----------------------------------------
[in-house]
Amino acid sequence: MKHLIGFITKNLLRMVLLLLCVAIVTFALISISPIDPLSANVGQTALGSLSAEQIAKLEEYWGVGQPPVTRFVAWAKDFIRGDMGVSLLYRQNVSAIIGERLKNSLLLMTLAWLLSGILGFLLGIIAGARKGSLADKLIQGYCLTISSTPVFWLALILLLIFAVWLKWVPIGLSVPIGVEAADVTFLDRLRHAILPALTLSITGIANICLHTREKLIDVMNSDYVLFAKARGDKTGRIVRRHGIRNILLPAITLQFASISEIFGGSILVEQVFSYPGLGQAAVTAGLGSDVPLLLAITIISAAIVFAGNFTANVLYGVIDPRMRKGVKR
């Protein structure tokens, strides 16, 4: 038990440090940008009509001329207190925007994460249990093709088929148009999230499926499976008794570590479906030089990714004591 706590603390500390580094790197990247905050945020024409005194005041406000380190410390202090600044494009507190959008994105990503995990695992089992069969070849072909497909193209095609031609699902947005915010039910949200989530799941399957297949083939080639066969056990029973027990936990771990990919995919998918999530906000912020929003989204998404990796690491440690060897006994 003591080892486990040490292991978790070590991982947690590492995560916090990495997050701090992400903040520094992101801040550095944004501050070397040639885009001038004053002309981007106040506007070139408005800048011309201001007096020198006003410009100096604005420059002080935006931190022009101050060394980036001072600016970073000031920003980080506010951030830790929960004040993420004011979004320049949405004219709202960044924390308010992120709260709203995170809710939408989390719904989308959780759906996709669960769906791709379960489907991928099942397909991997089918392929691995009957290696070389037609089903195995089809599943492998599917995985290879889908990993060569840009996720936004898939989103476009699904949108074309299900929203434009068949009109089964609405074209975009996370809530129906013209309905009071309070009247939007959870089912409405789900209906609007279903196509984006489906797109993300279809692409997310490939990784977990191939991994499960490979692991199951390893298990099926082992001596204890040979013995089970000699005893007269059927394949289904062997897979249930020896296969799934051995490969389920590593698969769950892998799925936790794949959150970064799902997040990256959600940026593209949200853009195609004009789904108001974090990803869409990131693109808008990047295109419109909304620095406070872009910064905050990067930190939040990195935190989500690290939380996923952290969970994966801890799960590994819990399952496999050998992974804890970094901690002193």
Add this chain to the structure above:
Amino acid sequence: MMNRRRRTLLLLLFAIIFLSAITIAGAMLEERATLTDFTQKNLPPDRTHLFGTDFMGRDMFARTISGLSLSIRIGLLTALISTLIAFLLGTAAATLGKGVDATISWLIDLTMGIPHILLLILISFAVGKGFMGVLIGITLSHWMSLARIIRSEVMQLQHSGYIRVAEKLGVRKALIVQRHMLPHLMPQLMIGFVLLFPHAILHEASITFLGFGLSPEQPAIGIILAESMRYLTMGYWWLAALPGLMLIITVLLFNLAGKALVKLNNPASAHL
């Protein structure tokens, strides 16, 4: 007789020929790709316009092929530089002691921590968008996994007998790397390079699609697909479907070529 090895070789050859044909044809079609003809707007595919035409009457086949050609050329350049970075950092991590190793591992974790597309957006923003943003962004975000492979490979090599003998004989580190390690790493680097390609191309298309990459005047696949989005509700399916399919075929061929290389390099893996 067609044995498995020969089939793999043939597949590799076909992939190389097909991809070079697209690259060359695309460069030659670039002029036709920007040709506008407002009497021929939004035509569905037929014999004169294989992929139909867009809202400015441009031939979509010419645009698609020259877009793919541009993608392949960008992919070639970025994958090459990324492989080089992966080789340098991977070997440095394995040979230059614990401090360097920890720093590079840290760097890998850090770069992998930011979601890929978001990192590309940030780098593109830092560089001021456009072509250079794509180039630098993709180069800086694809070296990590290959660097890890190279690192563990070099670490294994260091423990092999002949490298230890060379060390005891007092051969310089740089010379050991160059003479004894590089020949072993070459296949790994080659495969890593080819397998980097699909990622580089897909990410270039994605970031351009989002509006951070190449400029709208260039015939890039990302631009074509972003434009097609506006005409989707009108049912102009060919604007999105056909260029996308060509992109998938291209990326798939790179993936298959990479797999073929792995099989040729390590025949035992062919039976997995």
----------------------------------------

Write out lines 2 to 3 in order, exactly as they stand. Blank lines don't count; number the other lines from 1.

Amino acid sequence: MKHLIGFITKNLLRMVLLLLCVAIVTFALISISPIDPLSANVGQTALGSLSAEQIAKLEEYWGVGQPPVTRFVAWAKDFIRGDMGVSLLYRQNVSAIIGERLKNSLLLMTLAWLLSGILGFLLGIIAGARKGSLADKLIQGYCLTISSTPVFWLALILLLIFAVWLKWVPIGLSVPIGVEAADVTFLDRLRHAILPALTLSITGIANICLHTREKLIDVMNSDYVLFAKARGDKTGRIVRRHGIRNILLPAITLQFASISEIFGGSILVEQVFSYPGLGQAAVTAGLGSDVPLLLAITIISAAIVFAGNFTANVLYGVIDPRMRKGVKR
């Protein structure tokens, strides 16, 4: 038990440090940008009509001329207190925007994460249990093709088929148009999230499926499976008794570590479906030089990714004591 706590603390500390580094790197990247905050945020024409005194005041406000380190410390202090600044494009507190959008994105990503995990695992089992069969070849072909497909193209095609031609699902947005915010039910949200989530799941399957297949083939080639066969056990029973027990936990771990990919995919998918999530906000912020929003989204998404990796690491440690060897006994 003591080892486990040490292991978790070590991982947690590492995560916090990495997050701090992400903040520094992101801040550095944004501050070397040639885009001038004053002309981007106040506007070139408005800048011309201001007096020198006003410009100096604005420059002080935006931190022009101050060394980036001072600016970073000031920003980080506010951030830790929960004040993420004011979004320049949405004219709202960044924390308010992120709260709203995170809710939408989390719904989308959780759906996709669960769906791709379960489907991928099942397909991997089918392929691995009957290696070389037609089903195995089809599943492998599917995985290879889908990993060569840009996720936004898939989103476009699904949108074309299900929203434009068949009109089964609405074209975009996370809530129906013209309905009071309070009247939007959870089912409405789900209906609007279903196509984006489906797109993300279809692409997310490939990784977990191939991994499960490979692991199951390893298990099926082992001596204890040979013995089970000699005893007269059927394949289904062997897979249930020896296969799934051995490969389920590593698969769950892998799925936790794949959150970064799902997040990256959600940026593209949200853009195609004009789904108001974090990803869409990131693109808008990047295109419109909304620095406070872009910064905050990067930190939040990195935190989500690290939380996923952290969970994966801890799960590994819990399952496999050998992974804890970094901690002193």